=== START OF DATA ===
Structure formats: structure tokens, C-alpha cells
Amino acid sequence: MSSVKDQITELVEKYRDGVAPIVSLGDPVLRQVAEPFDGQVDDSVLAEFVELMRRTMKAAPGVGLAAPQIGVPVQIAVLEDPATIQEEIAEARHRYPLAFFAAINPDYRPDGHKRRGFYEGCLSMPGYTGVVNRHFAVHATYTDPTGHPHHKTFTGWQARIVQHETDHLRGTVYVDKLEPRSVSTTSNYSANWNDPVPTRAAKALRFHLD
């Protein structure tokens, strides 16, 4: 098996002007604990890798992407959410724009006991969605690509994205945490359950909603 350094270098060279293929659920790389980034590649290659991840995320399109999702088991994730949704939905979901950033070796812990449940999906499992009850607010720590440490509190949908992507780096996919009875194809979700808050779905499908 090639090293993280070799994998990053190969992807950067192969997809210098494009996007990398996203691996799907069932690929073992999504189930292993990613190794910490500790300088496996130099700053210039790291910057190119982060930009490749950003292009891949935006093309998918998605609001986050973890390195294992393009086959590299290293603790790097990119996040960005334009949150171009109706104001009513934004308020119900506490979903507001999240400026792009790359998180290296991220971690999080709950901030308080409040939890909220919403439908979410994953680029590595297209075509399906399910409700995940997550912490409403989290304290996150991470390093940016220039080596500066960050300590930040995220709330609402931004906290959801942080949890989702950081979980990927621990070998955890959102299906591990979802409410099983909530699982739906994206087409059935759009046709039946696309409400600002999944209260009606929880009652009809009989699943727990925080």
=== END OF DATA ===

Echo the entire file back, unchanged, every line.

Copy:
Structure formats: structure tokens, C-alpha cells
Amino acid sequence: MSSVKDQITELVEKYRDGVAPIVSLGDPVLRQVAEPFDGQVDDSVLAEFVELMRRTMKAAPGVGLAAPQIGVPVQIAVLEDPATIQEEIAEARHRYPLAFFAAINPDYRPDGHKRRGFYEGCLSMPGYTGVVNRHFAVHATYTDPTGHPHHKTFTGWQARIVQHETDHLRGTVYVDKLEPRSVSTTSNYSANWNDPVPTRAAKALRFHLD
């Protein structure tokens, strides 16, 4: 098996002007604990890798992407959410724009006991969605690509994205945490359950909603 350094270098060279293929659920790389980034590649290659991840995320399109999702088991994730949704939905979901950033070796812990449940999906499992009850607010720590440490509190949908992507780096996919009875194809979700808050779905499908 090639090293993280070799994998990053190969992807950067192969997809210098494009996007990398996203691996799907069932690929073992999504189930292993990613190794910490500790300088496996130099700053210039790291910057190119982060930009490749950003292009891949935006093309998918998605609001986050973890390195294992393009086959590299290293603790790097990119996040960005334009949150171009109706104001009513934004308020119900506490979903507001999240400026792009790359998180290296991220971690999080709950901030308080409040939890909220919403439908979410994953680029590595297209075509399906399910409700995940997550912490409403989290304290996150991470390093940016220039080596500066960050300590930040995220709330609402931004906290959801942080949890989702950081979980990927621990070998955890959102299906591990979802409410099983909530699982739906994206087409059935759009046709039946696309409400600002999944209260009606929880009652009809009989699943727990925080």